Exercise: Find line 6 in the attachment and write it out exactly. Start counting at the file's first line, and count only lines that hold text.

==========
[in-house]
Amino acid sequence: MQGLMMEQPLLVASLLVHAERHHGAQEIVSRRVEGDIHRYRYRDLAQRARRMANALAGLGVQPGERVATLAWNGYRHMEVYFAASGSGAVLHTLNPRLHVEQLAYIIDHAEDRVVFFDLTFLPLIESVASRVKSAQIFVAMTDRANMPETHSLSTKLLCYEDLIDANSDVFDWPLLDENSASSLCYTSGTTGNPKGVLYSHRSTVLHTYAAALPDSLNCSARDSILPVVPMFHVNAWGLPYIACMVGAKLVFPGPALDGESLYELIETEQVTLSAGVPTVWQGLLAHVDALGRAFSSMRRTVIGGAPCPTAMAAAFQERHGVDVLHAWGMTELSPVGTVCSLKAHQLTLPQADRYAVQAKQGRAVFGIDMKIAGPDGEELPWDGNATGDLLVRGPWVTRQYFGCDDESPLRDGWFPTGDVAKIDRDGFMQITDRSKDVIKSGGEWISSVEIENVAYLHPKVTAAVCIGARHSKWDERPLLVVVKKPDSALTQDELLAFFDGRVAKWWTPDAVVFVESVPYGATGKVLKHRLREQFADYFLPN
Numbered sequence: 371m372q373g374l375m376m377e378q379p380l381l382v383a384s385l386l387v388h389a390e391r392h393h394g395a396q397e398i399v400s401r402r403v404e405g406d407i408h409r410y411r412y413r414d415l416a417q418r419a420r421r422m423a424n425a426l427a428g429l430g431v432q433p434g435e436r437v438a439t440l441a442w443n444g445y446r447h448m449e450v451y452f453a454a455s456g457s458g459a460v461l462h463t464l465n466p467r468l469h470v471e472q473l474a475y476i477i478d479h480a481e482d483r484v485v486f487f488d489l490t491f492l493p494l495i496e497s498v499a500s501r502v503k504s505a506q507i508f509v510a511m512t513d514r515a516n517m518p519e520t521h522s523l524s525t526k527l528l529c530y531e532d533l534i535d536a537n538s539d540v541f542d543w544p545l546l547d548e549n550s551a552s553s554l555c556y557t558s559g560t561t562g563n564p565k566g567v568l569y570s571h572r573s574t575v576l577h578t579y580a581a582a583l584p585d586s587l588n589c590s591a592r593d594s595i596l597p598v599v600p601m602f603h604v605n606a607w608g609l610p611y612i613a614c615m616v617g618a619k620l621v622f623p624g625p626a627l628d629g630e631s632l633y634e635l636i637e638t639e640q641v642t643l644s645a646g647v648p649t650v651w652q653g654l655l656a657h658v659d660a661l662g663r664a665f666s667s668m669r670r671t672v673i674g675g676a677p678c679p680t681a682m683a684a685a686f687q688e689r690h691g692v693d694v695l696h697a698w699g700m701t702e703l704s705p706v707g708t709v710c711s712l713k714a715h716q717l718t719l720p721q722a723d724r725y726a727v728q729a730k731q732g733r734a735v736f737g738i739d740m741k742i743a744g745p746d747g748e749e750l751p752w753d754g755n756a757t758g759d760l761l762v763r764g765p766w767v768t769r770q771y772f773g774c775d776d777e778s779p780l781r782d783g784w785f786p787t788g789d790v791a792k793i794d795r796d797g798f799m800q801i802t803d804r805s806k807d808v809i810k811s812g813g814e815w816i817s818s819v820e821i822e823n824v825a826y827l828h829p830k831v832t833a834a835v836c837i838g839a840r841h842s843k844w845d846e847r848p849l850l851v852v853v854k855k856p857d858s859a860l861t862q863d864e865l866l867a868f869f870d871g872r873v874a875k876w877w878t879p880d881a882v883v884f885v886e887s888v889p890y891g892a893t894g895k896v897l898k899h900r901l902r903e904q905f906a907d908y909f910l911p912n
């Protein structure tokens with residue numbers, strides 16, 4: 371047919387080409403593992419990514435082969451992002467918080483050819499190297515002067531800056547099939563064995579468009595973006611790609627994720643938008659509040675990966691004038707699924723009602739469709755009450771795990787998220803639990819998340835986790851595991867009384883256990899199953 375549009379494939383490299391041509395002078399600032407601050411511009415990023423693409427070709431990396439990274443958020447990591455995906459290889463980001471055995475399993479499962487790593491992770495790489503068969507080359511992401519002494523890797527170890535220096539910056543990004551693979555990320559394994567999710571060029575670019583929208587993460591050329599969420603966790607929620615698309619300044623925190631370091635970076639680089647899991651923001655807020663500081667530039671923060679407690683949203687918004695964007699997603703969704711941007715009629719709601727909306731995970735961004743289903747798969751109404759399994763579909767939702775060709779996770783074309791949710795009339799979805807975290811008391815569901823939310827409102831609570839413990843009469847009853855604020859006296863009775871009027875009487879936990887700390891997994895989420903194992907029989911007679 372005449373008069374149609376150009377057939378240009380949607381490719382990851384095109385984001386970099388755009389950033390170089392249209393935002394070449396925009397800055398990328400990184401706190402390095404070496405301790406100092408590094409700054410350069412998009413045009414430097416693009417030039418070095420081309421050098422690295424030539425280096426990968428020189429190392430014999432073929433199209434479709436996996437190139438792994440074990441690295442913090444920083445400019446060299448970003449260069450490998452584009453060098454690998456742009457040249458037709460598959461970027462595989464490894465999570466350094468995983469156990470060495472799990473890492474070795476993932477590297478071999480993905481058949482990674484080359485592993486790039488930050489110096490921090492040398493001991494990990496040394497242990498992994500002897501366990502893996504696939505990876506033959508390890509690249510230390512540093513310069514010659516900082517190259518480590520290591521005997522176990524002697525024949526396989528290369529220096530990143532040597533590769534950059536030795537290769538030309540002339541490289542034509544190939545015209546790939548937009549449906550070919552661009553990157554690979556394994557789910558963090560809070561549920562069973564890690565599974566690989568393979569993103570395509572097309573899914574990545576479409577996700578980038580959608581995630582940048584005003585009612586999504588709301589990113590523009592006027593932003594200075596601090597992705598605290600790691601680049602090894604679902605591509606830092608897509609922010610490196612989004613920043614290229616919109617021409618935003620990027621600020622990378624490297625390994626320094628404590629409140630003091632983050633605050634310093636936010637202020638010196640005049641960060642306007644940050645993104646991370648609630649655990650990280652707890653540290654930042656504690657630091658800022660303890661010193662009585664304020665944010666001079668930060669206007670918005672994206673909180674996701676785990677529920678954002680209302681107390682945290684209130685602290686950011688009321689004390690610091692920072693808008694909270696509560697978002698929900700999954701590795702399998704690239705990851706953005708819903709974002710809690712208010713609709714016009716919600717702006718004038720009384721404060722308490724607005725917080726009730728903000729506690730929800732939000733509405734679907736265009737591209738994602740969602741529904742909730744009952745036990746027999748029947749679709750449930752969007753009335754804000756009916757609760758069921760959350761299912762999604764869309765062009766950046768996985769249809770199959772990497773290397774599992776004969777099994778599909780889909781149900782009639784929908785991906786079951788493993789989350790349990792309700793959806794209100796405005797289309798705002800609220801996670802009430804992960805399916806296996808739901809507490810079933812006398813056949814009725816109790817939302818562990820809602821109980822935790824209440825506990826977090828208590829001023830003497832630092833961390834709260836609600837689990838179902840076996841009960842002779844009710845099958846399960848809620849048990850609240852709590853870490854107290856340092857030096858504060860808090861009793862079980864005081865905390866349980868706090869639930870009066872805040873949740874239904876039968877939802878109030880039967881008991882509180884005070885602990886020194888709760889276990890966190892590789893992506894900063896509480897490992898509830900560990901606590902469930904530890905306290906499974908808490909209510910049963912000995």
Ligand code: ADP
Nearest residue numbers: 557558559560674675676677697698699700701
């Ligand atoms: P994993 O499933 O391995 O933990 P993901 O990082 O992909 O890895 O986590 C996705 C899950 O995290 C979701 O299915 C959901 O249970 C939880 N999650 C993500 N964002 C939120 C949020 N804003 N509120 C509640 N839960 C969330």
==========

Nearest residue numbers: 557558559560674675676677697698699700701